Anyways, I'm not from "America", but if you're celebrating thanksgiving. Consider maybe not next year.
The holiday is tied up with genocide and cannot be uncoupled from that. I don't think it is something to celebrate.
If you want to start reading up, start here:
"All of us, regardless of background, should be horrified by genocide, as much as we would be of other facts that we don’t shut down discourse on through self-indulgent projections of innocence, like the world being round despite the fact that some insist is not so. We should all be enraged."
- this a quote from the linked article
@siem have you ever been to a Thanksgiving celebration? because well you are undoubtedly correct about the history and lack of education around it, you are also missing important first party context. which is probably why you are so Cavalier about telling us to completely discard one of the celebrations that we look forward to during the most depressing part of the year. thanksgiving is a way to bring people together, to celebrate food, to be humble and thankful. suggesting that we just throw that all in the trash, it just seems like an oversimplification. there are several potential paths forward here, with consequences and advantages to weigh for each. but discarding it completely seems like something a bunch of shortsighted, mainly white Twitter liberals would scream four from the rooftops for a month with a catchy hashtag that makes them feel like they're doing something important, only to pat them selves on the back for doing an anti-racism despite this doing next to nothing to actually help natives with their real problems day to day.
@siem I think the main problem here is education. The way it's dumbed down and simplified in classrooms is gross. they just pave over all of the inconvenient facts with some niceties that mean nothing to make white people feel better about themselves. and the funny thing is, the celebration that Thanksgiving is based on was actually a moment of unity and merriment between whites and natives, it's the entire surrounding history, even the immediately before and immediately after that is the real problem. The exploitation, manipulation, and selfishness. so I say we take Thanksgiving back and make it just as much if not more about natives than we do about colonizers. But the holiday itself and what it stands for these days is important I believe, Especially as we grow farther and farther apart from each other and more self absorbed as a society.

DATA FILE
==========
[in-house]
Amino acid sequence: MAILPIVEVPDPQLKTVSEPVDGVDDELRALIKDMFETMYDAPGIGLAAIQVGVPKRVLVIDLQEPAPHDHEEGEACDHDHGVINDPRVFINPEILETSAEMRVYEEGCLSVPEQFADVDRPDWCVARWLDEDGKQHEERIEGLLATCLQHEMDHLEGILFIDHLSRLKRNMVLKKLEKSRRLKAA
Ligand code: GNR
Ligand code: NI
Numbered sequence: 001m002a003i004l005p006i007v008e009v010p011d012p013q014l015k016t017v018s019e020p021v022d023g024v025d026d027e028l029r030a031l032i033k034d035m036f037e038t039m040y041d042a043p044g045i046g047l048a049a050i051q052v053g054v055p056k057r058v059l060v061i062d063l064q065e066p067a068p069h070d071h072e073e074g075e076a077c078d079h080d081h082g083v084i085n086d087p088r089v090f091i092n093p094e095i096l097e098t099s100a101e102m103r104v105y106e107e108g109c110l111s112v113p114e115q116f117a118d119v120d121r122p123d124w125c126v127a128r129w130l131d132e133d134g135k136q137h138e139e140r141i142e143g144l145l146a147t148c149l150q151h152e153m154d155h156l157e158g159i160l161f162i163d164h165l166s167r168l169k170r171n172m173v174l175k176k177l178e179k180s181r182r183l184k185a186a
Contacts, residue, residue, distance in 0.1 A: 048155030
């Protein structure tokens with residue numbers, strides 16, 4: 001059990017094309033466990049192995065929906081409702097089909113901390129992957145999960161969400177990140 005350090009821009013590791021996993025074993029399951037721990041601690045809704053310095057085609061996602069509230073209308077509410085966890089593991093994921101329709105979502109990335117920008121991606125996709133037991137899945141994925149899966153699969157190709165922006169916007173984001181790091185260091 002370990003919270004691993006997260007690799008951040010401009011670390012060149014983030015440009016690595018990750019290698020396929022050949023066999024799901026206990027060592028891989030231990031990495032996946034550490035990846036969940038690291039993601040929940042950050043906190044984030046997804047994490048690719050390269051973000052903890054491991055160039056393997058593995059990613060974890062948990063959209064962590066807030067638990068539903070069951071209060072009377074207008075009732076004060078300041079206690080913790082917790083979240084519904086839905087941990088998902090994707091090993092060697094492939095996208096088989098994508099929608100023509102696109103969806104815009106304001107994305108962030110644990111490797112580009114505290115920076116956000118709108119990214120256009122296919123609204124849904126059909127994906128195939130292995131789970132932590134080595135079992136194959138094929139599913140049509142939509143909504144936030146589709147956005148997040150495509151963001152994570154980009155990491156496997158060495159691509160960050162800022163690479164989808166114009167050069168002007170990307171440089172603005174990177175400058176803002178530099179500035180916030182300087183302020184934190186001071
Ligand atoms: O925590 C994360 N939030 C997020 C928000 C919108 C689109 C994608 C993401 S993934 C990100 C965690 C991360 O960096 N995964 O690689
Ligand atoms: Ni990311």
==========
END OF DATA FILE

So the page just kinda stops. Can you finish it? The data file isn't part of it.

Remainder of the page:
@Superfreq I've got my own racist colonial holiday in the Netherlands that I'm not celebrating, even though it was always nice coming together for it.
In the end, I see people saying "don't celebrate this, it's hurts to see, it can't be redeemed". And as a white person I don't think it's my place to say that we can reclaim it in some way, that's not my place.
What I'm trying here is just to echo the call from Indigenous folks I see around. I think we should listen to them first and foremost - and then change our behaviour accordingly.
We can find another reason to get together, like Christmas or the solstice.
How many indigenous people actually want it gone though? If it's just a loud minority, that doesn't necessarily mean they represent the majority. It's hard to say, which is why we should do this officially. The problem with that of course is that many natives have a distrust of anything governmental, especially data gathering wise. And I can't blame them. Regardless though, it can't just be people on social media. Hell many people on reservations still don't have access to the internet even.
And yeah, I see what you're saying about not having the right to say we can reclaim it. Which is why I said if they decide as a majority that they want it gone I'll respect that. But until then, I am going to mention other potential options. Which isn't the same as saying no to their wishes, since the question hasn't even been properly asked yet. It's simply pointing out alternatives, which I'm sure that native folks have thought of as well. I won't hide the fact that I'd be pretty disappointed if we got rid of it without replacing it with anything, I'm allowed to express that. Doesn't mean I wouldn't do it if I felt it was the right thing to do though.